JavaScript Quiz: is this equal to that?

What’s this REALLY pointing to?

Consider these two arrays:

const arr1 = [1, 2, 3];
const arr2 = [3, 2, 1];

If you did,

console.log(arr2.sort())

You’d get [1, 2, 3]

But if you did

console.log(arr1 === arr2.sort());

You’d get false back. Same if you didn’t do a strict (==) comparison.

Here’s why Britney…

While outputting arr1 and arr2.sort() both print out the same thing ([1, 2, 3]), they actually refer to different positions in memory. And that’s really what the equality operators do. They answer: are these two objects pointing to the same position in memory?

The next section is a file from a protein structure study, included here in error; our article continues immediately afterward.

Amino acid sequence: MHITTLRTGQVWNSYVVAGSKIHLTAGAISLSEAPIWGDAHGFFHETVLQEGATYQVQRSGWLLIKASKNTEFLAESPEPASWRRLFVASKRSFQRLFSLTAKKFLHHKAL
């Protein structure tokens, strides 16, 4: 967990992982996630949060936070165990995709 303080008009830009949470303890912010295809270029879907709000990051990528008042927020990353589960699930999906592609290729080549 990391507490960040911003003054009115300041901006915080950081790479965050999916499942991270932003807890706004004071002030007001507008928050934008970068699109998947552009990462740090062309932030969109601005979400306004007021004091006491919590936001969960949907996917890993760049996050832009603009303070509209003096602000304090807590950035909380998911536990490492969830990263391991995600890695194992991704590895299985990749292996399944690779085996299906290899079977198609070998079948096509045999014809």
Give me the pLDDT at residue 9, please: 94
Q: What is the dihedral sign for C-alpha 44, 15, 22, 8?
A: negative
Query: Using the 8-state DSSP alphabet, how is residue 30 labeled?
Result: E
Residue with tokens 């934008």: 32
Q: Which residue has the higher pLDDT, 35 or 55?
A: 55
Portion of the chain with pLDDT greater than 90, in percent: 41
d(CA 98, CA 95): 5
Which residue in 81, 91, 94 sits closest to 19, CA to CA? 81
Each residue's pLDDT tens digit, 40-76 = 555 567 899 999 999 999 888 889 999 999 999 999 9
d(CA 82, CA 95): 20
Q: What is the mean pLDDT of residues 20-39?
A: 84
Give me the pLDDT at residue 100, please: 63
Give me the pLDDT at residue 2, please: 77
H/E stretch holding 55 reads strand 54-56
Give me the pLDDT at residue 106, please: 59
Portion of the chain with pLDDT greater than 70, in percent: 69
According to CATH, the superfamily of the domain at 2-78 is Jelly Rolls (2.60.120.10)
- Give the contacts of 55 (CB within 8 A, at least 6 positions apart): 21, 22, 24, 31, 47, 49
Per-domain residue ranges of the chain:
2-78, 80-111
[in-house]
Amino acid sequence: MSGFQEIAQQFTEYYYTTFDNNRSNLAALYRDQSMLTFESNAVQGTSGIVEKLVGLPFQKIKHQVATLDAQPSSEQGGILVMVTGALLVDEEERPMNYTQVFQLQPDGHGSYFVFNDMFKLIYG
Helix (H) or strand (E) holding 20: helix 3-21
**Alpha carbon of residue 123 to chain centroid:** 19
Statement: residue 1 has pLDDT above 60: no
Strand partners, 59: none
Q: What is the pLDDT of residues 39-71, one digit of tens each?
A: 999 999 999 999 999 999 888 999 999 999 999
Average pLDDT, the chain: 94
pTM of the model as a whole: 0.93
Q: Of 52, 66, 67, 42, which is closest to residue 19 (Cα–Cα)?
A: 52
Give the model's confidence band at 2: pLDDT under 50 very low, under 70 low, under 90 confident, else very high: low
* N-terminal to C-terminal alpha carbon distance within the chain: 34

Another way to test this would be by doing this:

console.log(arr2 === arr2.sort());

This would evaluate to true. Because while arr2 and arr2.sort() would print out different things, their relative position in memory is the same thing.

Unfortunately, unlike Python, JavaScript lacks an easy way to get the unique identifier for a position in memory for a given variable. But using some of the methods outlined here you can infer what’s going on under the hood.

Thanks for reading!

And remember: grit > talent.